Zoom EffectsSee a wonderful and effective enhancement technique to bring out different feelings from the same image. Advanced masking is also covered.
Rebuild TechniquesYou can learn how to create rebuilds from the very simple to more advanced methods with a series of image challenges.
Multi-Layer ProjectLearn a variety of multi-layer techniques including grouping, clipping and layer properties.
Smart ObjectsUse Smart Objects and gain much control with a variety of different projects.
PhotomergeLearn how to use a variety of Photomerge options in creating panoramas.
and much more...
Get the Tapp CLASSIC Combo setThis includes the above mentioned Pro Techniques 1 & 2plus
Classic Color Management
CLASSIC Color Management CS3with Eddie TappCoauthored by Rick Lucas (digital color expert)
Learn about all aspects of Color Management including Color Spaces, Color Temperature, White Balance, Device Calibration, creating Color Profiles, Managed Workflow, Actions, Camera RAW, Preferences and even working Color Management Scenarios.
Setting Color PreferencesLearn how to set up Color Preferences in Photoshop & Adobe Bridge along with managing various color spaces and profiles.
Introduction to Calibrating and Profiling DevicesThis session is the introduction of the two steps in stage 2 of a color managed workflow.
Calibrating and Profiling Input DevicesLearn the means and importance calibrating and profiling input devices, scanners and digital cameras.
Calibrating and Profiling Monitors and ProjectorsSee the techniques of calibrating monitors and projectors and how your profile becomes your System Profile.
Calibrating and Profiling Output DevicesIn this session you will learn how to calibrate and profile output devices such as printers.
Editing ICC ProfilesLearn how easy it is to edit the tone and color and output profiles.
Converting Profiles for OutputUse soft proofing in Photoshop along with the various options for converting your files for output profiles, including page layout, PDF files and the Internet.
and much more...
Friday, September 26, 2008
Opens Saturday, October 11
Meet 500 beautiful, free-flying butterflies and moths from Central, South, and North America, Africa, and Asia, settling in for the season in a lush, tropical vivarium that approximates their natural habitats.
This exhibition reopens on October 11, 2008.
Tickets for The Butterfly Conservatory may be purchased in advance through our online ticketing system.
Also lizards and snakes alive
The squamates return in this popular exhibition showcasing more than 60 live animals representing 27 species from all over the world.
Timed entrance to The Butterfly Conservatory is available every fifteen minutes from 10:15 a.m. to 5:00 p.m. daily. The last timed-entry to the exhibition is at 5:00 p.m.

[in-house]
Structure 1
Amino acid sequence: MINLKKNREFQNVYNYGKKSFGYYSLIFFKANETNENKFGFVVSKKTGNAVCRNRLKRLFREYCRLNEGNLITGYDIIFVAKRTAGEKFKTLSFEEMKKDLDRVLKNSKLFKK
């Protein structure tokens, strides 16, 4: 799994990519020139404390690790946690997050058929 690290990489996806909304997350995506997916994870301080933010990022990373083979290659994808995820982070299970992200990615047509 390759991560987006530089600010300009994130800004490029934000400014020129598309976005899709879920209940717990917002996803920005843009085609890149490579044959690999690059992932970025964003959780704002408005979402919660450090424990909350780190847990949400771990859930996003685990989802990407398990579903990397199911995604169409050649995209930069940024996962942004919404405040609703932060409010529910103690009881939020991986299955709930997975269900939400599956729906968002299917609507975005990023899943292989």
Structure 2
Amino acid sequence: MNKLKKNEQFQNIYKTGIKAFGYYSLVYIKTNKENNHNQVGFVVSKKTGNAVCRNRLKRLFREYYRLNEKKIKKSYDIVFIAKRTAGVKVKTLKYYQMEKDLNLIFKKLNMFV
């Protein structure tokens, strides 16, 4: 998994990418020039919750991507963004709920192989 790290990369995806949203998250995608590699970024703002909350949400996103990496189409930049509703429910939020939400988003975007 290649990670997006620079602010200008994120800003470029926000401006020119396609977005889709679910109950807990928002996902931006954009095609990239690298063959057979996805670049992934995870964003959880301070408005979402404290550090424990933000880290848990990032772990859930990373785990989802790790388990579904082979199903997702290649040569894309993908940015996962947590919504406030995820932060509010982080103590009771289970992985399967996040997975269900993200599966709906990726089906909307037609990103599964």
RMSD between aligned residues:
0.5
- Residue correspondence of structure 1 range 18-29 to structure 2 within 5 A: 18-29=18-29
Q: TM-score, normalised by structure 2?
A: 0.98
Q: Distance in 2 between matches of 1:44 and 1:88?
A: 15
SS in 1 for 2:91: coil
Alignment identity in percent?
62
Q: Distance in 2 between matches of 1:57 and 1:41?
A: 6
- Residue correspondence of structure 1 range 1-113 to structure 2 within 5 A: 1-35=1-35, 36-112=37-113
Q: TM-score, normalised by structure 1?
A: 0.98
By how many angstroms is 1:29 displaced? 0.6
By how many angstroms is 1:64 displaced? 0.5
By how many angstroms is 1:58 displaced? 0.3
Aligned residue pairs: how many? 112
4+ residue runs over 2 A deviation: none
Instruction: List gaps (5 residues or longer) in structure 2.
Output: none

The Museum is open daily, 10:00 a.m.—5:45 p.m.-->The Museum is closed Thanksgiving and Christmas.
Easter Holiday Weekend Hours-->
Click here for information on current Museum exhibitions.
Thursday, September 25, 2008
Digital Photography School - Daily Update
5 More Elements of Composition in Photography
Yesterday I shared 5 ingredients of composition that I consider when setting up a shot. Today I’d like to talk about 5 more.
Image by foreversouls
Most of us use ‘frames’ to display our images when we hang them on walls for viewing - however ‘framing’ can be used within the composition of a shot to help you highlight your main point of interest in the image and and/or to put it in context to give the image ‘depth’.
Learn how to use framing as an element of composition.
Image by fensterbme
The perspective that a shot is taken from is another element that can have a big impact upon an image.
Shooting from up high and looking down on a subject or shooting from below looking up on the same subject drastically impact not only the ‘look’ of the image, emphasizing different points of interest, angles, textures, shapes etc - but it also impacts the ’story’ of an image.
Read more on photographing people from different angles.
Image by .robbie
There can be a fine line between filling your frame with your subject (and creating a nice sense of intimacy and connection) and also giving your subject space to breath.
Either technique can be effective - so experiment with moving in close and personal and moving out to capture a subject in its context.
Sometimes it is what you leave out of an image that makes it special
Image by *L*u*z*a*
The positioning with elements in a frame can leave an image feeling balanced or unbalanced.
Too many points of interest in one section of your image can leave it feeling too ‘heavy’ or complicated in that section of the shot and other parts feeling ‘empty’.
Read more about balance in photography.
Image by baboon
The colors in an image and how they are arranged can make or break a shot.
Bright colors can add vibrancy, energy and interest - however in the wrong position they can also distract viewers of an image away from focal points.